I have more than enough eggplant happening here so I’m giving one pot to my mom.
I also have a lot of basil going on here as well, but no one can ever have too much basil.

My pepper plants are also getting their second set of true leaves so they they’ll graduate into larger pots as well. Pretty soon I will need another location for a grow light setup to accommodate taller seedlings and young plants because as you can see in the photo below, some of my peppers are outgrowing the height of the current grow light, which is only setup for smaller seedlings.

Various peppers showing 4 weeks of growth.

I’m so pleased with how everything is coming along. The only thing that could ruin it right now is some freezing winter weather, like what they’re predicting this week.

Below freezing temperatures on Wednesday and wintry mix! Luckily I saw far ahead enough and was able to order this 10′ x 50′ package of garden fabric and some flexible garden hoops. I don’t have much to cover, but hopefully I won’t need to use all of it or any of it.

What’s Growing On: Week 3

It’s the third week of the new year. This 3-day weekend was desperately needed especially considering how stressful work has been lately. It wouldn’t be a time for R&R for me though. We had a truck load of limestone rock and and vegetable planting soil delivered Saturday morning so I knew there would be a lot of sweat and hard work in the days ahead.

As far as what I have growing in my indoor growing station, here’s a rundown:

Vegetables

  1. Lettuce Mixture
  2. Nadia Hybrid Eggplant
  3. California Wonder Pepper
  4. Goliath Pepper
  5. Red Cherry Pepper
  6. Garden Salsa Pepper
  7. Large Cayenne Pepper

Herbs

  1. Basil
  2. Cilantro
  3. Sage
  4. Parsley
  5. Thyme
  6. Chive (did not germinate, restarting)
  7. Oregano (poor germination, restarting)
  8. Lavender

Flowers

  1. Empress of India Nasturtiums
  2. Peach Melba Nasturtiums
  3. Johnny Jump-Ups
  4. Milkweed
  5. Echinacea

Yes, I have A LOT going on right now. In fact, many of them are already well into their first set of true leaves so I need to move them into larger pots. Luckily last week I placed a huge order of various nursery pots and I just bought a bag of perlite so I’m ready to do some transplanting.

Getting seedlings past the cotyledon stage is a little scary as this is the time when the seedling is still in the early stages of development and the most vulnerable to damping-off disease. I can’t tell you how much time I’ve spent inspecting all of my seedlings each morning and night these past few weeks to make sure each one of them are growing healthy and strong, free of mold and foreign growth.

My sage, still in its infant stages, but already developing it’s characteristic true leaves.

Now we’re entering the 6th week before the average last frost date. This weekend, along with filling the raised bed, I’m going to start tomatoes and potatoes. The kind of potatoes I bought are actually called “true seed” (Clancy Potatoes) in that they start as actual coated seed and not tubers.

A capsule of true potato seeds

Unlike tuber potatoes, true seed potatoes can be started indoors around the same time as tomatoes. Once they’re established, you can transplant them into the garden and grow them just like regular potatoes.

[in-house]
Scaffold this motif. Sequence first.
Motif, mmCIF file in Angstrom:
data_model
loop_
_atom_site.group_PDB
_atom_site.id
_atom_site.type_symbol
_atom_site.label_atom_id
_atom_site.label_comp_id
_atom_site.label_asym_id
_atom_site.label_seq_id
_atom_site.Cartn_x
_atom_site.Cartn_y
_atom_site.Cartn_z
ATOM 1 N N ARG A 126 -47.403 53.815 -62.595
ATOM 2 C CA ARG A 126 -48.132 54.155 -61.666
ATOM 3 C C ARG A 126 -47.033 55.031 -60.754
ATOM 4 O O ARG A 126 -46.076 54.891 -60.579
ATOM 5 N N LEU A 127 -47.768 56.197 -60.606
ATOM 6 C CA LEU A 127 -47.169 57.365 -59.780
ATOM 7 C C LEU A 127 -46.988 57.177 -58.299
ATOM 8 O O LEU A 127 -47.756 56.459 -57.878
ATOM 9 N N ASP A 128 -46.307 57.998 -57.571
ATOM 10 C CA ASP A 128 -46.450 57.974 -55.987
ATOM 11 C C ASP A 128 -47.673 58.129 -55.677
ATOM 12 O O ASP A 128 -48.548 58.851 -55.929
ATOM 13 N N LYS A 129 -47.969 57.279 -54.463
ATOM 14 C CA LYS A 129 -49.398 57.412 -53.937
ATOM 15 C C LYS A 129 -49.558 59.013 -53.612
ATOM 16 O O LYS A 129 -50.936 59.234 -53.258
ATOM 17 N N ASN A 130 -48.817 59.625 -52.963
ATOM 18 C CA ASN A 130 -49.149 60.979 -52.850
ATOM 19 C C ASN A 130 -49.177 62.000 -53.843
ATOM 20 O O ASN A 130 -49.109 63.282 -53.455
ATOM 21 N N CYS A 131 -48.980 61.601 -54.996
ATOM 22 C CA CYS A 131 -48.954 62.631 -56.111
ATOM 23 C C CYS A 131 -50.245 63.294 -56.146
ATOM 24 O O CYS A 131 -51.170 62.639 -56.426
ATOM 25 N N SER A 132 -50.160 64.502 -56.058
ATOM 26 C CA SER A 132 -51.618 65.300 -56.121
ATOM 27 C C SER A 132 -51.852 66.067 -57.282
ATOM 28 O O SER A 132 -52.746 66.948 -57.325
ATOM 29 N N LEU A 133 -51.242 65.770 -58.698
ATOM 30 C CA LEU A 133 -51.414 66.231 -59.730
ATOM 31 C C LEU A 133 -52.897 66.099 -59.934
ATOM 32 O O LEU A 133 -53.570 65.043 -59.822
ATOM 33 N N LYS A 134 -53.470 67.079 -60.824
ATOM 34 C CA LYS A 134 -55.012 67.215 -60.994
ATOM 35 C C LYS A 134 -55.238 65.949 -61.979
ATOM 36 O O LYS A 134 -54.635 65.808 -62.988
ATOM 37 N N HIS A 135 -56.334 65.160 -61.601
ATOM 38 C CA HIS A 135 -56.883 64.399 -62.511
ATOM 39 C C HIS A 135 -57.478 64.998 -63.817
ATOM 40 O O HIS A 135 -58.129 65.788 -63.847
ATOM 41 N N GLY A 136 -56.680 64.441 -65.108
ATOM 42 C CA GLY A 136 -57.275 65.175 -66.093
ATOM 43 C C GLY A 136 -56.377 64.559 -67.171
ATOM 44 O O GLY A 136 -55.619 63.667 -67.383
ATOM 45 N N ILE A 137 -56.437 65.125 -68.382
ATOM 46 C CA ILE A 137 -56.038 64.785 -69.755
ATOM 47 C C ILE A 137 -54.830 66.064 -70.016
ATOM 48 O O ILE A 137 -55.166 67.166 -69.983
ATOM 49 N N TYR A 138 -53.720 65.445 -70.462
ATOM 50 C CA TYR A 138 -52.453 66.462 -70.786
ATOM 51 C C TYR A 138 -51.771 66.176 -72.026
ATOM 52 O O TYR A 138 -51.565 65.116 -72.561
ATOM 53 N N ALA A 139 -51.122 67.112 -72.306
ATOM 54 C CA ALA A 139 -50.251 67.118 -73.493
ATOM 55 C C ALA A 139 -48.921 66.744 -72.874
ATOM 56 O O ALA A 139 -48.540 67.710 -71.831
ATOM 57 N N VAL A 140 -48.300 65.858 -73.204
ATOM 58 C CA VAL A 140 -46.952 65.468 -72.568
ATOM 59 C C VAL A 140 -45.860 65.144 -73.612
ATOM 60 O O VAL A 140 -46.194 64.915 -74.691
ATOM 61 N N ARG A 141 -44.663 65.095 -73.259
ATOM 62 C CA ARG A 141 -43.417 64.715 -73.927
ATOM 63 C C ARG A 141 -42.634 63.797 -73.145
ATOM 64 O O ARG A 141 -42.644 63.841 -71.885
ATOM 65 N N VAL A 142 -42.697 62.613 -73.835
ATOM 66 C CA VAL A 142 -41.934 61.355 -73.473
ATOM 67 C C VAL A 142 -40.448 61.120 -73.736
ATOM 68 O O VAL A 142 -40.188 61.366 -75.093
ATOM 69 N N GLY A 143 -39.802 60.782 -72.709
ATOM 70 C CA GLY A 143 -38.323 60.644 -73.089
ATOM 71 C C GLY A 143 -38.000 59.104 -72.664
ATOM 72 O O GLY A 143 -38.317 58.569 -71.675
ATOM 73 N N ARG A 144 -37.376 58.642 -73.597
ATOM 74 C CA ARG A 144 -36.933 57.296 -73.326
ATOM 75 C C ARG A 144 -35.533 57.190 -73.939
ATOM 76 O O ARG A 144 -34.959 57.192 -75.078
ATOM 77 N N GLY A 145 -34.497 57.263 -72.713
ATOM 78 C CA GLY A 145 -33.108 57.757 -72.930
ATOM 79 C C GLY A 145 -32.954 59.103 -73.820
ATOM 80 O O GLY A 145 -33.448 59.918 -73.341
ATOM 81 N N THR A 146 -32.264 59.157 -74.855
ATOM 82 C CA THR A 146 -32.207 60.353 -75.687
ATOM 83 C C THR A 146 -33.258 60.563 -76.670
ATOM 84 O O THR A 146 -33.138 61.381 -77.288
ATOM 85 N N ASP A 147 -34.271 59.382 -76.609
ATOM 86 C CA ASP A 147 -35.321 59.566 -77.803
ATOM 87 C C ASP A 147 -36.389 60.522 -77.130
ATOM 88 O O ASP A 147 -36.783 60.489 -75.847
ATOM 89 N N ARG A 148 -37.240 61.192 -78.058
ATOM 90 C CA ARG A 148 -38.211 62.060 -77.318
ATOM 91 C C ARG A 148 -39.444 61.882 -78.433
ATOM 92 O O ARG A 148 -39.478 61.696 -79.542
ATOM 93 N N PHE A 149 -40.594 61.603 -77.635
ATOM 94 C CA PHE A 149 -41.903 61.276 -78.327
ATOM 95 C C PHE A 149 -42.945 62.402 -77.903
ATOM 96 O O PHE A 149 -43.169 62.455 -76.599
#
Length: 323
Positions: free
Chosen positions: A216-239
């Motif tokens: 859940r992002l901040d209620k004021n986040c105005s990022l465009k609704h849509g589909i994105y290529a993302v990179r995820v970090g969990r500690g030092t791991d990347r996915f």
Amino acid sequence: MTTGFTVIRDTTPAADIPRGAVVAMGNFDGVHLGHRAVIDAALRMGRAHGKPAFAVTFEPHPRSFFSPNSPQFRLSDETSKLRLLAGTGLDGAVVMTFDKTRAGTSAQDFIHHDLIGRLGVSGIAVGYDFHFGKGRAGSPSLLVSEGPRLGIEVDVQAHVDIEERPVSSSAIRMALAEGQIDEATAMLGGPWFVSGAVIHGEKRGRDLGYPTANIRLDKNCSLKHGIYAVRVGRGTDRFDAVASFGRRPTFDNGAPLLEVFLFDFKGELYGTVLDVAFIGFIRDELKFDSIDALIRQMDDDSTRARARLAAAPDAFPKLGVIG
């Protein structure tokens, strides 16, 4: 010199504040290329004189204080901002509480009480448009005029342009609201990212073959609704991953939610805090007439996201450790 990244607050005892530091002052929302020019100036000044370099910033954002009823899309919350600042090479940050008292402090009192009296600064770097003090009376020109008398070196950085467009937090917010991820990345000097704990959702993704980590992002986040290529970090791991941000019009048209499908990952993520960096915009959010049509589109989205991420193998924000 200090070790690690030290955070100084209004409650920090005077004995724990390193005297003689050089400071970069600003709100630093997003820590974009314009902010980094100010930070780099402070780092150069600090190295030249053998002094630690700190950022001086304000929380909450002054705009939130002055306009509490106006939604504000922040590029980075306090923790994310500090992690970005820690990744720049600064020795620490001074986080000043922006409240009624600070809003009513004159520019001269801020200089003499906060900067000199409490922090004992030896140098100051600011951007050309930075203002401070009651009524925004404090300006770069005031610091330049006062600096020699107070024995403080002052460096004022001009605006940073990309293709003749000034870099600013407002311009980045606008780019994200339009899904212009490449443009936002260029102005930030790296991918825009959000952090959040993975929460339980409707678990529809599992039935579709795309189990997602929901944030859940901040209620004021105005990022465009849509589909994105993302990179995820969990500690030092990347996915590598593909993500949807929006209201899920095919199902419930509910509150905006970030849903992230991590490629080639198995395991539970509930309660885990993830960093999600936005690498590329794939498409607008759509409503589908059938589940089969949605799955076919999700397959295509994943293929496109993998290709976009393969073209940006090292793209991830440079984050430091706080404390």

Next are tomatoes: Suncherry Xtra Sweet, Super Sweet 100, and Better Boy. I plan on putting those into starter pots this weekend as well.

I’m also going to move my lavender from cold storage onto a germination mat. I’ve learned to do a little bit of research for each seed I start because each one is different, especially lavender. Lavender seeds in particular need to undergo a process called cold wet stratification. This process replicates that of a cold winter and triggers the germination stage in the seed (watch this video for reference).

From what I’ve learned, the stratification time for lavender ranges between 30-40 days, but some have achieved success in just 3 weeks. I’m going to see if I can get to 3 weeks by using grow lights and a germination mat. Maybe I should start a backup batch just in case.

With all this new seed I’m starting, the stuff in progress above is going to need somewhere to go. That’s why I bought this 3′ x 3′ outdoor cold-frame storage. It arrived a few days ago but I haven’t assembled it yet, so I’m hoping to get to it this weekend as well. Daytime temperatures will start getting into the 60s this weekend which means this would be the perfect time to start hardening off some of these little seedlings.

How to Manage Squeaky Wheels

I had a tough day at work today.

I don’t write about my job often. I hate talking about my job, period, unless it’s to someone that’s in my industry. Because industry people, they get it. They understand the tediousness, the insane clients, the long hours, the ridiculous demands, the “Oh, god, it’s Monday again” feeling.

Non-industry people, especially non-website savvy people, never get it. And anytime I have to gripe about work, I feel like I have to give a lesson on how the Internet functions or how databases and PHP make a website work first before I can get to my story.

But today. Today was so frustrating that I had to tell Craig about it and I had to do a lot of talking, which I rarely do.

I think what was most frustrating is I was dealing with things that could’ve been avoided. They were simple relationship management things that, had been done, wouldn’t have taken up any more of our time.

But like most overworked, underpaid employees do, we give the squeaky wheel the grease. Then we’ll move on to the next one.